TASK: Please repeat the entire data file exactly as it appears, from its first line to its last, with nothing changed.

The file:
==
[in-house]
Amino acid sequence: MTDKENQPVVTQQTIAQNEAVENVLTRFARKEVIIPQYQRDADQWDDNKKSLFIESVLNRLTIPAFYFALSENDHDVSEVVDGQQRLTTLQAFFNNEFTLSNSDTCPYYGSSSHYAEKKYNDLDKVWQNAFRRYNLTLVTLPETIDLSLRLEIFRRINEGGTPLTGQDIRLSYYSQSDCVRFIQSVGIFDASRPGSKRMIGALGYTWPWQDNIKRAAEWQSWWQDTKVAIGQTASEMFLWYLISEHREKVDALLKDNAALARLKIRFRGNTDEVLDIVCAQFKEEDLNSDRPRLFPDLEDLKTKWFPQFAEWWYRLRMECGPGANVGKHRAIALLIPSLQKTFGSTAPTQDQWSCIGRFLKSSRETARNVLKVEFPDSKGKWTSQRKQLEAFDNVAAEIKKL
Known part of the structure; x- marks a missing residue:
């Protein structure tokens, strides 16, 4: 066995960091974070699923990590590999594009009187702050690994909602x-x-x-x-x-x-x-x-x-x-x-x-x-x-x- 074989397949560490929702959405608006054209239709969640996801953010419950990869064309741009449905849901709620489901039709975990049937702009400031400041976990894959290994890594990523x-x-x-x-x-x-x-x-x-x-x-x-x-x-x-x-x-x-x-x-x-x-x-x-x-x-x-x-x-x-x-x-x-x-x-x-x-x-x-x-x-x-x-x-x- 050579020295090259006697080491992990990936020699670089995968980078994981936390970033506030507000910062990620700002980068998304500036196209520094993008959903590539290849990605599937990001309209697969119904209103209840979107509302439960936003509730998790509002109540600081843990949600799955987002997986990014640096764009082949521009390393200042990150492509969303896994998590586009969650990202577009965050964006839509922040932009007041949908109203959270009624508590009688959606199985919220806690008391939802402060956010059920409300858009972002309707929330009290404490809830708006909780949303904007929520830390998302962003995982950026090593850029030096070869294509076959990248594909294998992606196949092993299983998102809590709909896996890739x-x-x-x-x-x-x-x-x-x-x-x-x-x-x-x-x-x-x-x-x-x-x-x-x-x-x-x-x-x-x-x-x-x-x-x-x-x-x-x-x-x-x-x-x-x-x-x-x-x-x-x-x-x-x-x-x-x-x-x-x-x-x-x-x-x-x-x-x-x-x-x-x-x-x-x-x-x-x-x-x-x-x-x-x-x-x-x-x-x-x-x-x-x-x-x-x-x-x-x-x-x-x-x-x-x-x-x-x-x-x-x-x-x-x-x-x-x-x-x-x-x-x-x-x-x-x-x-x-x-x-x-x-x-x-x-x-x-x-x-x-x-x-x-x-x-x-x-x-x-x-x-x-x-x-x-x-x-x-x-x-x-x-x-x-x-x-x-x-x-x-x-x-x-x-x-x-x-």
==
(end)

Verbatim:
[in-house]
Amino acid sequence: MTDKENQPVVTQQTIAQNEAVENVLTRFARKEVIIPQYQRDADQWDDNKKSLFIESVLNRLTIPAFYFALSENDHDVSEVVDGQQRLTTLQAFFNNEFTLSNSDTCPYYGSSSHYAEKKYNDLDKVWQNAFRRYNLTLVTLPETIDLSLRLEIFRRINEGGTPLTGQDIRLSYYSQSDCVRFIQSVGIFDASRPGSKRMIGALGYTWPWQDNIKRAAEWQSWWQDTKVAIGQTASEMFLWYLISEHREKVDALLKDNAALARLKIRFRGNTDEVLDIVCAQFKEEDLNSDRPRLFPDLEDLKTKWFPQFAEWWYRLRMECGPGANVGKHRAIALLIPSLQKTFGSTAPTQDQWSCIGRFLKSSRETARNVLKVEFPDSKGKWTSQRKQLEAFDNVAAEIKKL
Known part of the structure; x- marks a missing residue:
């Protein structure tokens, strides 16, 4: 066995960091974070699923990590590999594009009187702050690994909602x-x-x-x-x-x-x-x-x-x-x-x-x-x-x- 074989397949560490929702959405608006054209239709969640996801953010419950990869064309741009449905849901709620489901039709975990049937702009400031400041976990894959290994890594990523x-x-x-x-x-x-x-x-x-x-x-x-x-x-x-x-x-x-x-x-x-x-x-x-x-x-x-x-x-x-x-x-x-x-x-x-x-x-x-x-x-x-x-x-x- 050579020295090259006697080491992990990936020699670089995968980078994981936390970033506030507000910062990620700002980068998304500036196209520094993008959903590539290849990605599937990001309209697969119904209103209840979107509302439960936003509730998790509002109540600081843990949600799955987002997986990014640096764009082949521009390393200042990150492509969303896994998590586009969650990202577009965050964006839509922040932009007041949908109203959270009624508590009688959606199985919220806690008391939802402060956010059920409300858009972002309707929330009290404490809830708006909780949303904007929520830390998302962003995982950026090593850029030096070869294509076959990248594909294998992606196949092993299983998102809590709909896996890739x-x-x-x-x-x-x-x-x-x-x-x-x-x-x-x-x-x-x-x-x-x-x-x-x-x-x-x-x-x-x-x-x-x-x-x-x-x-x-x-x-x-x-x-x-x-x-x-x-x-x-x-x-x-x-x-x-x-x-x-x-x-x-x-x-x-x-x-x-x-x-x-x-x-x-x-x-x-x-x-x-x-x-x-x-x-x-x-x-x-x-x-x-x-x-x-x-x-x-x-x-x-x-x-x-x-x-x-x-x-x-x-x-x-x-x-x-x-x-x-x-x-x-x-x-x-x-x-x-x-x-x-x-x-x-x-x-x-x-x-x-x-x-x-x-x-x-x-x-x-x-x-x-x-x-x-x-x-x-x-x-x-x-x-x-x-x-x-x-x-x-x-x-x-x-x-x-x-």